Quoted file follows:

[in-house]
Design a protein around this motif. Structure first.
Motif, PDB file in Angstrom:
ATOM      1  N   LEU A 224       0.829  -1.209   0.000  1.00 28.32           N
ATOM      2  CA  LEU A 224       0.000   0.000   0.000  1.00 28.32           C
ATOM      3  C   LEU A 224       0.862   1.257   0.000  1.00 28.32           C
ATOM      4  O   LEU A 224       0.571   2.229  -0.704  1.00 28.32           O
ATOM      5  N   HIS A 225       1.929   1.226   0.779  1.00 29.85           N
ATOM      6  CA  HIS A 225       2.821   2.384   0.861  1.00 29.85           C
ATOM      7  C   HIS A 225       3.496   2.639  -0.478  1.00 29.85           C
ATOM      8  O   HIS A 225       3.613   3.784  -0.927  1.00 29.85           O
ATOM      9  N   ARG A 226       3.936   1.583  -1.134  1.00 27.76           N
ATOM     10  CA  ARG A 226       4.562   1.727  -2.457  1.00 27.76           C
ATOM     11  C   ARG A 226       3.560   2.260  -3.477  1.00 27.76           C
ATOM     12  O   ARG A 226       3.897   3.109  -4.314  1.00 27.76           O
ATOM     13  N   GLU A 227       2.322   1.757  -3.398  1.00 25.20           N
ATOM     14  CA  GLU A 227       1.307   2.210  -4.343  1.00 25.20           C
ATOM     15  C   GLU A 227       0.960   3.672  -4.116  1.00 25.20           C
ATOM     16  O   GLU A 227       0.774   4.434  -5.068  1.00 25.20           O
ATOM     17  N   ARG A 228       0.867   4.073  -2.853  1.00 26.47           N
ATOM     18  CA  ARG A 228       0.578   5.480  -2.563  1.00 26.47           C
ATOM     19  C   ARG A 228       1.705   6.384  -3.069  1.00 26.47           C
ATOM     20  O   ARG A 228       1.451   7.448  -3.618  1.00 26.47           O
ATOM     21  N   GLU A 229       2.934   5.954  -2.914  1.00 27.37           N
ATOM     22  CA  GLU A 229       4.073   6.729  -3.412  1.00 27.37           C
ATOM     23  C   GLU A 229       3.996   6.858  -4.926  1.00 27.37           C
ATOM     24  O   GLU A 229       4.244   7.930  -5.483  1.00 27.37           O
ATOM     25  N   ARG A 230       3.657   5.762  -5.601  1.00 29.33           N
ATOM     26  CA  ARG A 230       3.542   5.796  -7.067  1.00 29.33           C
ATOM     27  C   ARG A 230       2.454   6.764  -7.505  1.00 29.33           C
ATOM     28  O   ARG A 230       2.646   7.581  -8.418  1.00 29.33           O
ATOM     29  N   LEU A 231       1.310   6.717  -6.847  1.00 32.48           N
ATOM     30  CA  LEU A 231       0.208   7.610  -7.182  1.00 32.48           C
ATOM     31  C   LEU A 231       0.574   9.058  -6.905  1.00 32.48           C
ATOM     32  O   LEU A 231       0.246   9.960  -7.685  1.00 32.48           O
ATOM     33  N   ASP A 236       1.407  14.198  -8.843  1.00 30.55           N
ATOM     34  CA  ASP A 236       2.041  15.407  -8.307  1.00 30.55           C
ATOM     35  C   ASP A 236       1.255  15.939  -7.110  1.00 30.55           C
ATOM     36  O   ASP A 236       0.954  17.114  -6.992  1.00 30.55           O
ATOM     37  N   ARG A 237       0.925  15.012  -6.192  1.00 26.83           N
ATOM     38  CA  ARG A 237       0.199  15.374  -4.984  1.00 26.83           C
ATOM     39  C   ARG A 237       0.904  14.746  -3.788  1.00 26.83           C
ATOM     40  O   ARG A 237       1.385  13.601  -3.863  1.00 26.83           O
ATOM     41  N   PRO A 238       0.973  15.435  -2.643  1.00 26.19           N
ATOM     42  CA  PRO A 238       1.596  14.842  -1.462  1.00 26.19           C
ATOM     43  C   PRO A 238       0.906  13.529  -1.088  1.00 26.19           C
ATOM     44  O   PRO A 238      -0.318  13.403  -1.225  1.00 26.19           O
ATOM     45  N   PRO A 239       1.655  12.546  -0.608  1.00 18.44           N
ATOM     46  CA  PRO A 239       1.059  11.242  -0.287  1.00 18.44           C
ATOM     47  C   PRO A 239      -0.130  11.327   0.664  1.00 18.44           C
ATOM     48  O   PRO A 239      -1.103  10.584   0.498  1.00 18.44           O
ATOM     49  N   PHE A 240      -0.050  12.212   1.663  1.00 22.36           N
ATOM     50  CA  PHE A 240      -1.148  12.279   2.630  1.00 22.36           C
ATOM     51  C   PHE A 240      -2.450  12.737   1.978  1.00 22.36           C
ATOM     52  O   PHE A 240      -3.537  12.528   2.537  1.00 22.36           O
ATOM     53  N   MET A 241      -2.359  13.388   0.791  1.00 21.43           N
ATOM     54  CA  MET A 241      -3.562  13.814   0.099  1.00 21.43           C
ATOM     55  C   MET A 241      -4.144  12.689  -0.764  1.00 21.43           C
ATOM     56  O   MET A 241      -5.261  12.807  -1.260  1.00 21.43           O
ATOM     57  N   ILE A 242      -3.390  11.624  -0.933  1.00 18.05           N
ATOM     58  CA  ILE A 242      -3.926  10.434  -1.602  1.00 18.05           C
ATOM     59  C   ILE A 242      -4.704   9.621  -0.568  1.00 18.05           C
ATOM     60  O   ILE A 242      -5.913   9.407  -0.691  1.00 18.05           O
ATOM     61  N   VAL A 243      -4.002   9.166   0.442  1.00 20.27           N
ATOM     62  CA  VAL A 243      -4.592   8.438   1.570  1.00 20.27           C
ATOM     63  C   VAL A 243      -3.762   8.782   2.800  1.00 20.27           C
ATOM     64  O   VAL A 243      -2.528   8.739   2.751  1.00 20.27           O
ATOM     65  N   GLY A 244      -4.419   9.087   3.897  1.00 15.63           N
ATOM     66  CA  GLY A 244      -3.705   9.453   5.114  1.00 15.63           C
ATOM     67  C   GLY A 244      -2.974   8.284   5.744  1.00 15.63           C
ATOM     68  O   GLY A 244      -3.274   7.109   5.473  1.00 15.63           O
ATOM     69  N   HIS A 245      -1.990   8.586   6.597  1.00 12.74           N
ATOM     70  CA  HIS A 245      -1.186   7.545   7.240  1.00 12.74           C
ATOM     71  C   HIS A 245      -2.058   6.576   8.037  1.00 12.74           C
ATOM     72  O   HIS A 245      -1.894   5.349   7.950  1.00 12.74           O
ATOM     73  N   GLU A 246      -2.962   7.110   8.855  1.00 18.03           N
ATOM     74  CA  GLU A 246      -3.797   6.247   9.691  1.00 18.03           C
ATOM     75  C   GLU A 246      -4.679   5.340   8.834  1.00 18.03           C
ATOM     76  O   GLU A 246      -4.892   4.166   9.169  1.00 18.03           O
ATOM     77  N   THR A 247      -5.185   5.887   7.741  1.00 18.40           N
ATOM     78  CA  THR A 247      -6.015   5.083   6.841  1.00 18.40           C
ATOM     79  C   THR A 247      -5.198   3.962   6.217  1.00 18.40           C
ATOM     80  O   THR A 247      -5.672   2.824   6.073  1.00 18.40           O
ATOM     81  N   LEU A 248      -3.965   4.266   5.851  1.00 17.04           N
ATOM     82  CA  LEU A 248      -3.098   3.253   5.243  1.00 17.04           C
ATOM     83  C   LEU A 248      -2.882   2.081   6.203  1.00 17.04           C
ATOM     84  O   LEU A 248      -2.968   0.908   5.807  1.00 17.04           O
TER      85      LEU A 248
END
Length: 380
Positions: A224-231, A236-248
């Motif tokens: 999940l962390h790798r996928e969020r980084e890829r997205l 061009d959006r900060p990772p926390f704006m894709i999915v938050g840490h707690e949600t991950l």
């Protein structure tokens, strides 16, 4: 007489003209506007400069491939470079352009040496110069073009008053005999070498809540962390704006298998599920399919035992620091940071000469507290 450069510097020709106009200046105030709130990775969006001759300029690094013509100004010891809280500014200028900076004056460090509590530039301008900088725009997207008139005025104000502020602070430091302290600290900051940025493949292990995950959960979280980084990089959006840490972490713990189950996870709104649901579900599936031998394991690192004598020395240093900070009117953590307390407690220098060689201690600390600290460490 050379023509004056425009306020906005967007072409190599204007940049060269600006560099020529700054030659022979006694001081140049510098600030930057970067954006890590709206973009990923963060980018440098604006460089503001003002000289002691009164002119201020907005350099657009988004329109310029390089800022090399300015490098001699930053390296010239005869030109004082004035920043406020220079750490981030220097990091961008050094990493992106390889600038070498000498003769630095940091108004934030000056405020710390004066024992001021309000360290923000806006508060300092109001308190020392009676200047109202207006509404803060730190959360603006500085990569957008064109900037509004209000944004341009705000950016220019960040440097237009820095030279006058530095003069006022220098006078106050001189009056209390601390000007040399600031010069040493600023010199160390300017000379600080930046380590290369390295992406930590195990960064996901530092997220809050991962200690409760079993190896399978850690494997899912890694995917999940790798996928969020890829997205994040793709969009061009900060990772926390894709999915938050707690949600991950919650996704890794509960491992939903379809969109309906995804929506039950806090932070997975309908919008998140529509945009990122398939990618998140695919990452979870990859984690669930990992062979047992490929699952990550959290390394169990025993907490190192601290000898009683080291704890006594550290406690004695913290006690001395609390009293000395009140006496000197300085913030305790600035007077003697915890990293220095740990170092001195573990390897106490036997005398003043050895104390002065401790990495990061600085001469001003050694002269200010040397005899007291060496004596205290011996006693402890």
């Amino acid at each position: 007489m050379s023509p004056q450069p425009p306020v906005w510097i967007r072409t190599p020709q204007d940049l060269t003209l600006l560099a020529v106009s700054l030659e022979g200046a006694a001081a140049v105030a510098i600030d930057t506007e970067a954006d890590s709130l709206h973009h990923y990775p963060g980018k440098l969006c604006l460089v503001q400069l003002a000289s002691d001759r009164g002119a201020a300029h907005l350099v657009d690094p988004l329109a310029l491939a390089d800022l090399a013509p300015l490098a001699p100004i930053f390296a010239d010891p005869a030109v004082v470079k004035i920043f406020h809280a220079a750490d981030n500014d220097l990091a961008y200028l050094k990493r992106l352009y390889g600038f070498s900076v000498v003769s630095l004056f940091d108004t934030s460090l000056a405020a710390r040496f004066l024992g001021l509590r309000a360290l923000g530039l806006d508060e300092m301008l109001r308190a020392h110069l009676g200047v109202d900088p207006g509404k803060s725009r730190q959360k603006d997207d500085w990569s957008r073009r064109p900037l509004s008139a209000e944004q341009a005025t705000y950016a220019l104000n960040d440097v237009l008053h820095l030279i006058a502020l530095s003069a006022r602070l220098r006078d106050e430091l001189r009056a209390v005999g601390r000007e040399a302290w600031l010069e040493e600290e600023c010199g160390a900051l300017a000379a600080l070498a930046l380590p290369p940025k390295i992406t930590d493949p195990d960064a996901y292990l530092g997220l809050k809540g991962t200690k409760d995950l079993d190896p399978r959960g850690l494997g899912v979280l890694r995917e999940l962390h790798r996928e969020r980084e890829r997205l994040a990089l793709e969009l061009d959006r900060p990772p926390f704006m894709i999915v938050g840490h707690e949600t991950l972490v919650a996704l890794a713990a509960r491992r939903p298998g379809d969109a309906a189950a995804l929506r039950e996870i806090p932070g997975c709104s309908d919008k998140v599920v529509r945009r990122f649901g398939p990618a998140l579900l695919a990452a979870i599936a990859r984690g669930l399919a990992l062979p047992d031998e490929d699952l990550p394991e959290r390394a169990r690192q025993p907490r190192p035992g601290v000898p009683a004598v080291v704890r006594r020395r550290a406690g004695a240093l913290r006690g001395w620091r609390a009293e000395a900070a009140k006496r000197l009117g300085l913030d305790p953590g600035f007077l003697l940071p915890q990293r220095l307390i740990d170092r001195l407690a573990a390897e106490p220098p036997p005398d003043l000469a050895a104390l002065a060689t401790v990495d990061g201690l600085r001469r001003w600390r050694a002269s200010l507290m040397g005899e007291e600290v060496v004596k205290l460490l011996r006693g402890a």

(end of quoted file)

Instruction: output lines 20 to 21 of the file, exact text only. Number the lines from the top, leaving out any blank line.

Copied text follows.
ATOM     17  N   ARG A 228       0.867   4.073  -2.853  1.00 26.47           N
ATOM     18  CA  ARG A 228       0.578   5.480  -2.563  1.00 26.47           C